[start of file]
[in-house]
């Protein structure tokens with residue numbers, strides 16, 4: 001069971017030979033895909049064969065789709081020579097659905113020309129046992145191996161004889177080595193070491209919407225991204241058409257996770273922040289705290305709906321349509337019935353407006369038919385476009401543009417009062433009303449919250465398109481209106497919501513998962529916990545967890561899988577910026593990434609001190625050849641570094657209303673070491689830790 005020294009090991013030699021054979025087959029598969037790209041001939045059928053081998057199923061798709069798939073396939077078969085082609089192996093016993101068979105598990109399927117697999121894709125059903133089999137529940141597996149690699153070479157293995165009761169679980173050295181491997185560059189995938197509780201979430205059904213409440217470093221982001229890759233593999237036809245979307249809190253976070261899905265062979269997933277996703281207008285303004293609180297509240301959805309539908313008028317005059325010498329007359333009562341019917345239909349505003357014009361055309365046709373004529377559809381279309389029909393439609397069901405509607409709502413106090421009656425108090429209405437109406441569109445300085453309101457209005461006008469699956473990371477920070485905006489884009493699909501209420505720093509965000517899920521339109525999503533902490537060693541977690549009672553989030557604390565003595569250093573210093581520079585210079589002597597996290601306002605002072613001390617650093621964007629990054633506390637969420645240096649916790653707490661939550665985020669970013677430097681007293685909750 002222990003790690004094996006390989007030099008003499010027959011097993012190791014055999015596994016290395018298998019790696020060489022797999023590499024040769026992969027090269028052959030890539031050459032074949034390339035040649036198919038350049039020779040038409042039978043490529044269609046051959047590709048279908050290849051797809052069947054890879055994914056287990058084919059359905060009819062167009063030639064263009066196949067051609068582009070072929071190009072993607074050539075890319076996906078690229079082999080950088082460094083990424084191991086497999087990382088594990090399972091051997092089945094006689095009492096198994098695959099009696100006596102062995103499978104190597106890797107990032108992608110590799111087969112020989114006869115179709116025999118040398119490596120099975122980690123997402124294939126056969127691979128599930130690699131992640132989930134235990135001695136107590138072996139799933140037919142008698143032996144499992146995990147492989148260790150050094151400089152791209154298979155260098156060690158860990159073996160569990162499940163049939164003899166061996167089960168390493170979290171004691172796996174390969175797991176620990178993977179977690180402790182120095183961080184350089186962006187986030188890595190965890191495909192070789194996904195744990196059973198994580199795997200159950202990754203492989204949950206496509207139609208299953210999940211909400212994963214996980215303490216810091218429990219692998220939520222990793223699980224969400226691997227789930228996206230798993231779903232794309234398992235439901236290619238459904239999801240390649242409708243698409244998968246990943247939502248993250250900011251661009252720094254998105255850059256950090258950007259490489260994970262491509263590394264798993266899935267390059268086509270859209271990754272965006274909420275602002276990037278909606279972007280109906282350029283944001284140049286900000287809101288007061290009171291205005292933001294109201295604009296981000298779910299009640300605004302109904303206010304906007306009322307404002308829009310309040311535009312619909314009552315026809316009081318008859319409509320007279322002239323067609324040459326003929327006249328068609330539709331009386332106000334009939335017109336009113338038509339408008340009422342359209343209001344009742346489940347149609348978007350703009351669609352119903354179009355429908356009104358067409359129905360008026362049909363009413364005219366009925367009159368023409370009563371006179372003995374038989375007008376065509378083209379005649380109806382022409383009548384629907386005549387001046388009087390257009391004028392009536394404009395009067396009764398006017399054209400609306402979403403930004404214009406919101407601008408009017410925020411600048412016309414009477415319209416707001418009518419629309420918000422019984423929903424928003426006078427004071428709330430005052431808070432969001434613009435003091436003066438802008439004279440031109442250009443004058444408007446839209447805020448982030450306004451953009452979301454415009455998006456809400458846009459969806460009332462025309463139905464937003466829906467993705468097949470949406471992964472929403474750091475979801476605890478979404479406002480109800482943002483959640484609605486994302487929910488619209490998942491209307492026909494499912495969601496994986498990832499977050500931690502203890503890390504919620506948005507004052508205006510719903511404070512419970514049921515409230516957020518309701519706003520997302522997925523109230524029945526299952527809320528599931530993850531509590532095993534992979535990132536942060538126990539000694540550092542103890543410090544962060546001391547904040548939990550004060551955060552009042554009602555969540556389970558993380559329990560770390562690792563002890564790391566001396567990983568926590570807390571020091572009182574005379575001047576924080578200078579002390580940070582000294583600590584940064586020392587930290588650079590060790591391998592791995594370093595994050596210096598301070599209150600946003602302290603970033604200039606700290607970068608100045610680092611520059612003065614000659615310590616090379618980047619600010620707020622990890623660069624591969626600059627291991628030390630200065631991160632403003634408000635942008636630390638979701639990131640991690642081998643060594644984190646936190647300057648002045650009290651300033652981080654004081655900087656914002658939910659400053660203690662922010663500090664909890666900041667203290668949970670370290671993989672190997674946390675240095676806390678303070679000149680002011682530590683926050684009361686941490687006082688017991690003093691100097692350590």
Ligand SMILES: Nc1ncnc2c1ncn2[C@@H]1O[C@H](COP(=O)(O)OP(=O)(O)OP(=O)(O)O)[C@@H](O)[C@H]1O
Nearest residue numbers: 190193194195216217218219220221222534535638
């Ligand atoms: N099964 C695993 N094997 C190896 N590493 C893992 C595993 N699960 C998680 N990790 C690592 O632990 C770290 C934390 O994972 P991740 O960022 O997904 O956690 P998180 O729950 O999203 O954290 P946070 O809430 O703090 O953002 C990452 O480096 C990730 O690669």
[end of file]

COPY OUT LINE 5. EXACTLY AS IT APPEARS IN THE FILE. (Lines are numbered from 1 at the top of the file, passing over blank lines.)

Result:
């Ligand atoms: N099964 C695993 N094997 C190896 N590493 C893992 C595993 N699960 C998680 N990790 C690592 O632990 C770290 C934390 O994972 P991740 O960022 O997904 O956690 P998180 O729950 O999203 O954290 P946070 O809430 O703090 O953002 C990452 O480096 C990730 O690669």